“If you wake up, I’ll read to you. The Once and Future King. You’ll like it. It’s the story of King Arthur.”
Kai’s nose twitched, then scrunched up. The hand Art wasn’t holding fisted the sheets, and his body started to tense. The monitor spiked and let out a warning. Was he in pain? The thought had barely formed in Art’s mind when Kai’s entire body stiffened, and then he started to shake.
Art could barely register what was happening, but the doctor snapped into work immediately, hitting an alarm on the wall and commanding Art leave. Now.
Art obeyed, standing outside the curtained cubicle, watching as other nurses and doctors flooded the small space, the sounds of urgent talking, the monitor blaring. He remembered the surgeon had admitted Kai’s heart had stopped during the surgery. Was that what was happening now?
After only a few minutes, another nurse, this one younger and so green she was practically an alien found him and offered him some coffee, leading him away from the chaos of what was going on behind the curtain and making him sit down in what had to be the break area for the nurses.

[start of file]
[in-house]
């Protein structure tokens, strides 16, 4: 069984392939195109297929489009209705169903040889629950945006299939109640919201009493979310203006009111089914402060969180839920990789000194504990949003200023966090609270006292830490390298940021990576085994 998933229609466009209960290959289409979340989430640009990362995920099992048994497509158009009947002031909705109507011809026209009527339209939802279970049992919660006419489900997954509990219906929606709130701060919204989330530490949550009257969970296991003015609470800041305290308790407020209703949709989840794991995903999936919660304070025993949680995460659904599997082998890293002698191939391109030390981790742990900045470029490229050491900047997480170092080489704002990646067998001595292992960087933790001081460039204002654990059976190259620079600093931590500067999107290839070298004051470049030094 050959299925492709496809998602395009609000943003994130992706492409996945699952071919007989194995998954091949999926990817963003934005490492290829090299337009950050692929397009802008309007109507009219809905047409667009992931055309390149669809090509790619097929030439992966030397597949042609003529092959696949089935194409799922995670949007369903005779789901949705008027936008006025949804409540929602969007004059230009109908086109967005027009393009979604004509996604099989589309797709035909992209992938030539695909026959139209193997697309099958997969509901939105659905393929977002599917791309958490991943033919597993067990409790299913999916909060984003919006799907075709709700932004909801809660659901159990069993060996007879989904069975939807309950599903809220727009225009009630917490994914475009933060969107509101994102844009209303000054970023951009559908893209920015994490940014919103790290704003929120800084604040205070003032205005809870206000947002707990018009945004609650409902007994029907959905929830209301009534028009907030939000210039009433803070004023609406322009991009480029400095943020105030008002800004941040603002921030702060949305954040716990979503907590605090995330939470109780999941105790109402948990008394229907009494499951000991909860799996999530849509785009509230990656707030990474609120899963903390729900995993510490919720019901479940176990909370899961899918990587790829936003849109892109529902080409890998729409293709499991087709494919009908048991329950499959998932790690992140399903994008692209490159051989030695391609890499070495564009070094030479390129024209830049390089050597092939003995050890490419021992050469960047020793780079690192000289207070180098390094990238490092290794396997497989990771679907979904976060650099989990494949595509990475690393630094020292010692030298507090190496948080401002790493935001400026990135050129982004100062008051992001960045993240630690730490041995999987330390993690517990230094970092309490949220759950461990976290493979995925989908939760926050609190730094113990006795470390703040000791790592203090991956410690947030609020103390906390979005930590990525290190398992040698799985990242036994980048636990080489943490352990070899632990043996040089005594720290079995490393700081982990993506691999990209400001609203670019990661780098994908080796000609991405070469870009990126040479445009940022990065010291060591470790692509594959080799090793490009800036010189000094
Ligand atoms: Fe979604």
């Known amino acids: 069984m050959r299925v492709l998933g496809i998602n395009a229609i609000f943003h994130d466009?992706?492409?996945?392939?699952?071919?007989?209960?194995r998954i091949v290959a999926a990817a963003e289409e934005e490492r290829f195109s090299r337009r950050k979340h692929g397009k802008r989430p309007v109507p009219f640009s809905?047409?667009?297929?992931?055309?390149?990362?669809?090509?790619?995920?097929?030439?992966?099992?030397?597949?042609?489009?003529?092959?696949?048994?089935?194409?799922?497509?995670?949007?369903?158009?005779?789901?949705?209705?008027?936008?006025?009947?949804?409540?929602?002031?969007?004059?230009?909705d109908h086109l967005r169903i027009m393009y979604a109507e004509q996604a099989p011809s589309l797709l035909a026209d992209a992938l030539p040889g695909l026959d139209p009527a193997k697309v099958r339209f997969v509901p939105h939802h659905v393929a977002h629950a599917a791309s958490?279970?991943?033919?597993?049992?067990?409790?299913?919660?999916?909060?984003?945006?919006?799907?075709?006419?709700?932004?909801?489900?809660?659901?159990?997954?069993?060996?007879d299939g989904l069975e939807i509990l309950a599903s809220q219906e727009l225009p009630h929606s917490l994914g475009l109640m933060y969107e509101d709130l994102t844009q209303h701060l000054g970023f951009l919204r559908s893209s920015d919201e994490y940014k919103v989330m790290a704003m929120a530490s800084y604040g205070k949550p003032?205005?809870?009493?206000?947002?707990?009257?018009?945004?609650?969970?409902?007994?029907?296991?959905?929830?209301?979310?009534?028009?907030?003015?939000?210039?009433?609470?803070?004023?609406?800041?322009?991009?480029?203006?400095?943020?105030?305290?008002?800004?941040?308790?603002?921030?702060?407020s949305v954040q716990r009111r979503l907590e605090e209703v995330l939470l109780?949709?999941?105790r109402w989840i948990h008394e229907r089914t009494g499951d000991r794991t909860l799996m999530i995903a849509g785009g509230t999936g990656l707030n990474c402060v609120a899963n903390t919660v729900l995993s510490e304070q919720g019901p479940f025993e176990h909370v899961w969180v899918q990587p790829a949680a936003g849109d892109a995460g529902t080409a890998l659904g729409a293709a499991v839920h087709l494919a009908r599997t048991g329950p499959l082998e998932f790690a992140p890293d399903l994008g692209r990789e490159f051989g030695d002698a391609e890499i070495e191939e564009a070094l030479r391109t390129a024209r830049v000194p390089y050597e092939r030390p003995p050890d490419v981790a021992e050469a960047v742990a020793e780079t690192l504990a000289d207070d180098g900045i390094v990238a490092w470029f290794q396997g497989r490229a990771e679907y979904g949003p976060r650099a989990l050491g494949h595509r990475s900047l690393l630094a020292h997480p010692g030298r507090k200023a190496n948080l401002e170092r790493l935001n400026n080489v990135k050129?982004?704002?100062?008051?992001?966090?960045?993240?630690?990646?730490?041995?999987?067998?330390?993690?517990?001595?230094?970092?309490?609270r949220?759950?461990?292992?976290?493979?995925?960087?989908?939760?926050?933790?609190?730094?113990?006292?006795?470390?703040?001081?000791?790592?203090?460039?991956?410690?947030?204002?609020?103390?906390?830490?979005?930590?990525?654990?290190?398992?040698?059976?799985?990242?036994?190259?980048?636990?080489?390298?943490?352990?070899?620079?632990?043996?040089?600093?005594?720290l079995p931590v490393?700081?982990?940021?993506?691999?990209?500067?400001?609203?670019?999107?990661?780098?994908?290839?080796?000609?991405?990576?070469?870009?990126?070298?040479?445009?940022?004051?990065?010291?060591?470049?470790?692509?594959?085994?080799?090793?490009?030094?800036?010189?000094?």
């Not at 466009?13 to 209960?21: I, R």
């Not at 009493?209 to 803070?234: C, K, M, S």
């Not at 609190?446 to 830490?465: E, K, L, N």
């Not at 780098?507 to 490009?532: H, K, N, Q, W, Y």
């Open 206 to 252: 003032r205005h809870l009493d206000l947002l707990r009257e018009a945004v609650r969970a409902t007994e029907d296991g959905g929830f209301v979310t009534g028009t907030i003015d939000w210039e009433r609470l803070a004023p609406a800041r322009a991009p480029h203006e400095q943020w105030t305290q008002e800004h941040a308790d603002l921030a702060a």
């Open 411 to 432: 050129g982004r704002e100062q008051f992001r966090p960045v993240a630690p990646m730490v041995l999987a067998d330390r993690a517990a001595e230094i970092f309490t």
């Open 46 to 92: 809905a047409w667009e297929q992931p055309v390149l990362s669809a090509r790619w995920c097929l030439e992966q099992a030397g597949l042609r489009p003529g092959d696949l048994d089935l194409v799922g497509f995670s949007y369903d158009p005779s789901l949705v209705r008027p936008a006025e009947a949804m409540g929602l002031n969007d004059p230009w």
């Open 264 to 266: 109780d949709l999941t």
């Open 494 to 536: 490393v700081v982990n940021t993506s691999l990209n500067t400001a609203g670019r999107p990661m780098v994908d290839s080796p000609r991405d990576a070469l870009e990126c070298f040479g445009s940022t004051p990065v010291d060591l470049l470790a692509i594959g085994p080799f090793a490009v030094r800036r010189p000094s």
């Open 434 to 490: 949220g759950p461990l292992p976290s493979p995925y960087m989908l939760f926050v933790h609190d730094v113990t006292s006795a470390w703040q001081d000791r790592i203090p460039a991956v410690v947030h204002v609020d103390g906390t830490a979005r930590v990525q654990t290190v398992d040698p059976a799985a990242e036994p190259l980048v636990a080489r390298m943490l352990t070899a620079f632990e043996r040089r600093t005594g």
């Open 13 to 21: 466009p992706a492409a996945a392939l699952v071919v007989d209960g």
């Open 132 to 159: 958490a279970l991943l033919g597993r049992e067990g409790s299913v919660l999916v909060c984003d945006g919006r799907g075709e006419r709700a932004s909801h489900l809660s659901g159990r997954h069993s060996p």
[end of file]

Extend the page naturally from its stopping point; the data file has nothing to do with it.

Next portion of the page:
“He’ll be OK,” she said with a smile. She was tall and slim with long straight dark hair she had braided and then twisted up behind her head, out of the way. Her nametag said Victoria Gregory, RN.
Art wanted to believe her, so he strained out a smile and sipped the drink. It was awful, but it was something to do, and this was all too reminiscent of the night he lost Martha that he was grateful Nurse Victoria was sitting with him.
A few minutes later, Dr. Karlsen found him and led him into a small consultation room they apparently didn’t use much for that purpose because half the space was filled with shelves stocked with gloves, tubes, syringes, and other medical supplies.
The doctor’s face was grave. “Jo--Kai,” he correct himself with a pained smile, “had a major seizure. His kidneys are failing and that, combined with the blood loss caused an imbalance in his electrolytes that caused his heart and brain to malfunction temporarily. The neurologist is with him now. But we’re faced with a dilemma: there is medication we can give him to suppress future seizures, but it impairs consciousness and right now we need to know if Kai can wake up, and how aware he is when he does. We also need to decide if it’s time to start him on dialysis. It’ll stabilize his system and prevent a cascade of other problems, but the strain of it could be far too much for his already weak body to tolerate.”